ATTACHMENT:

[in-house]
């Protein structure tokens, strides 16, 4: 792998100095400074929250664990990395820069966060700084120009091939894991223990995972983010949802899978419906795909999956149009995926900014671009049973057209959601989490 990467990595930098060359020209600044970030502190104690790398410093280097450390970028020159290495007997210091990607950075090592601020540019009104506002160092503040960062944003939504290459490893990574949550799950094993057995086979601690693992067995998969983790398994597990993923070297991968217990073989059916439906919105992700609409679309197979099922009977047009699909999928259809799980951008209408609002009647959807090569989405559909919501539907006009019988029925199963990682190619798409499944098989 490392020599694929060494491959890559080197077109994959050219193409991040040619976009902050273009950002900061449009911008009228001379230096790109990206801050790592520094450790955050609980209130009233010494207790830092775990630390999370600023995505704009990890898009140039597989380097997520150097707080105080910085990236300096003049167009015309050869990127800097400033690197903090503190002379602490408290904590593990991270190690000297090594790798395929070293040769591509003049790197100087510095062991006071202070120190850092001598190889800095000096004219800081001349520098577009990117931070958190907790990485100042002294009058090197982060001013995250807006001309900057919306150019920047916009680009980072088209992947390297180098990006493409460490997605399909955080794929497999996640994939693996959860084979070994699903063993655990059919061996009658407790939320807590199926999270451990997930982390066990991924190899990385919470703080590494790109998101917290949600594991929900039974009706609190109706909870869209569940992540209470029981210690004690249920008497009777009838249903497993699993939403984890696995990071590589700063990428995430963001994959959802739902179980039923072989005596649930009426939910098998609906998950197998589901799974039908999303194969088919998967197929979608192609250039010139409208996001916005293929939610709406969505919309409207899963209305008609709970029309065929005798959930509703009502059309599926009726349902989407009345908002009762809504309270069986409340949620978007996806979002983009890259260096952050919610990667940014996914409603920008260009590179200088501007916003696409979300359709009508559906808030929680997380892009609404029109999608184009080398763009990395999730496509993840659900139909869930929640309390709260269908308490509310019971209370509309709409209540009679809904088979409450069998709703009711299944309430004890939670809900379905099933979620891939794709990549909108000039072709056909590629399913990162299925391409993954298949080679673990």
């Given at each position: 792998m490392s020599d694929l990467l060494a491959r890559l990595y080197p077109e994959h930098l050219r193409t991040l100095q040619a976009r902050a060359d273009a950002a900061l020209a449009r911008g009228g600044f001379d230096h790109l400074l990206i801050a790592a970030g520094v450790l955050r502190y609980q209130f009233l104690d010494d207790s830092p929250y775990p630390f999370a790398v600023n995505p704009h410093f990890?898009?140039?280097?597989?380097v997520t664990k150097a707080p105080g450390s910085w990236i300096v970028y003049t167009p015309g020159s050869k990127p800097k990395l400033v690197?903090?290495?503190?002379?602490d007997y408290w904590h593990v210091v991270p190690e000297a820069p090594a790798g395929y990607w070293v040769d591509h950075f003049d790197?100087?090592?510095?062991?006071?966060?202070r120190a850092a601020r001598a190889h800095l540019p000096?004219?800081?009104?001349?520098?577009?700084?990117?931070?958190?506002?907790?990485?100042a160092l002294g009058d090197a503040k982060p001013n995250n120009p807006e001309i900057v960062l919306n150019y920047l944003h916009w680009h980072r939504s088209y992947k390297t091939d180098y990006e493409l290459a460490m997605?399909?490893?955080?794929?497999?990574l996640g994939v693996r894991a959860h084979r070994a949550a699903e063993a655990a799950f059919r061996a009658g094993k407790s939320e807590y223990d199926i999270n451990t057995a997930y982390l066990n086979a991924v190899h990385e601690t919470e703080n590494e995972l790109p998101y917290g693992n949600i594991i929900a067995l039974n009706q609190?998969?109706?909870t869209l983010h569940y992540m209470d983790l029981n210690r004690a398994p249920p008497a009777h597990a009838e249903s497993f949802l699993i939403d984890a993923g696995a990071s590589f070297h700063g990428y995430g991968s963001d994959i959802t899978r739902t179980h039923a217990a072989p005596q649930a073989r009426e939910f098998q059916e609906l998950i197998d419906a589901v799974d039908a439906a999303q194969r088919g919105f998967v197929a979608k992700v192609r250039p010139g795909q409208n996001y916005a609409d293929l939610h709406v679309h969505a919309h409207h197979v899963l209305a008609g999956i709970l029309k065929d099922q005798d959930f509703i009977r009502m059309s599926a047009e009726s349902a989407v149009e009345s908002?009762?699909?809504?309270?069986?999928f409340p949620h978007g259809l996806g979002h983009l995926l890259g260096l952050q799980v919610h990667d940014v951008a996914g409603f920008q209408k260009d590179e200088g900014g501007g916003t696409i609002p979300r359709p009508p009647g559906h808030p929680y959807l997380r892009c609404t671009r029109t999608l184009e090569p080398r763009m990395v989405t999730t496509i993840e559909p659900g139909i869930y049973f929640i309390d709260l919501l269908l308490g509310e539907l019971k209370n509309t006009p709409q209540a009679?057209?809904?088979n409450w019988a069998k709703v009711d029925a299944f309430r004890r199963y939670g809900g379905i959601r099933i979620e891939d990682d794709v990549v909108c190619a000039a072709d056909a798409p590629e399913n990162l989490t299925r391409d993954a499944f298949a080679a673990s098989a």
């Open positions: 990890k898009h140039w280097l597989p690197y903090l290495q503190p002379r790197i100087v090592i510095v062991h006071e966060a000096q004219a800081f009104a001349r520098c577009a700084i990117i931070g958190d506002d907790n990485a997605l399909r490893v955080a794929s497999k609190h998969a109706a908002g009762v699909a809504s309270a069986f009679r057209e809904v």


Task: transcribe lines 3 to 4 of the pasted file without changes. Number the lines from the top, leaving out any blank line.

């Given at each position: 792998m490392s020599d694929l990467l060494a491959r890559l990595y080197p077109e994959h930098l050219r193409t991040l100095q040619a976009r902050a060359d273009a950002a900061l020209a449009r911008g009228g600044f001379d230096h790109l400074l990206i801050a790592a970030g520094v450790l955050r502190y609980q209130f009233l104690d010494d207790s830092p929250y775990p630390f999370a790398v600023n995505p704009h410093f990890?898009?140039?280097?597989?380097v997520t664990k150097a707080p105080g450390s910085w990236i300096v970028y003049t167009p015309g020159s050869k990127p800097k990395l400033v690197?903090?290495?503190?002379?602490d007997y408290w904590h593990v210091v991270p190690e000297a820069p090594a790798g395929y990607w070293v040769d591509h950075f003049d790197?100087?090592?510095?062991?006071?966060?202070r120190a850092a601020r001598a190889h800095l540019p000096?004219?800081?009104?001349?520098?577009?700084?990117?931070?958190?506002?907790?990485?100042a160092l002294g009058d090197a503040k982060p001013n995250n120009p807006e001309i900057v960062l919306n150019y920047l944003h916009w680009h980072r939504s088209y992947k390297t091939d180098y990006e493409l290459a460490m997605?399909?490893?955080?794929?497999?990574l996640g994939v693996r894991a959860h084979r070994a949550a699903e063993a655990a799950f059919r061996a009658g094993k407790s939320e807590y223990d199926i999270n451990t057995a997930y982390l066990n086979a991924v190899h990385e601690t919470e703080n590494e995972l790109p998101y917290g693992n949600i594991i929900a067995l039974n009706q609190?998969?109706?909870t869209l983010h569940y992540m209470d983790l029981n210690r004690a398994p249920p008497a009777h597990a009838e249903s497993f949802l699993i939403d984890a993923g696995a990071s590589f070297h700063g990428y995430g991968s963001d994959i959802t899978r739902t179980h039923a217990a072989p005596q649930a073989r009426e939910f098998q059916e609906l998950i197998d419906a589901v799974d039908a439906a999303q194969r088919g919105f998967v197929a979608k992700v192609r250039p010139g795909q409208n996001y916005a609409d293929l939610h709406v679309h969505a919309h409207h197979v899963l209305a008609g999956i709970l029309k065929d099922q005798d959930f509703i009977r009502m059309s599926a047009e009726s349902a989407v149009e009345s908002?009762?699909?809504?309270?069986?999928f409340p949620h978007g259809l996806g979002h983009l995926l890259g260096l952050q799980v919610h990667d940014v951008a996914g409603f920008q209408k260009d590179e200088g900014g501007g916003t696409i609002p979300r359709p009508p009647g559906h808030p929680y959807l997380r892009c609404t671009r029109t999608l184009e090569p080398r763009m990395v989405t999730t496509i993840e559909p659900g139909i869930y049973f929640i309390d709260l919501l269908l308490g509310e539907l019971k209370n509309t006009p709409q209540a009679?057209?809904?088979n409450w019988a069998k709703v009711d029925a299944f309430r004890r199963y939670g809900g379905i959601r099933i979620e891939d990682d794709v990549v909108c190619a000039a072709d056909a798409p590629e399913n990162l989490t299925r391409d993954a499944f298949a080679a673990s098989a």
């Open positions: 990890k898009h140039w280097l597989p690197y903090l290495q503190p002379r790197i100087v090592i510095v062991h006071e966060a000096q004219a800081f009104a001349r520098c577009a700084i990117i931070g958190d506002d907790n990485a997605l399909r490893v955080a794929s497999k609190h998969a109706a908002g009762v699909a809504s309270a069986f009679r057209e809904v």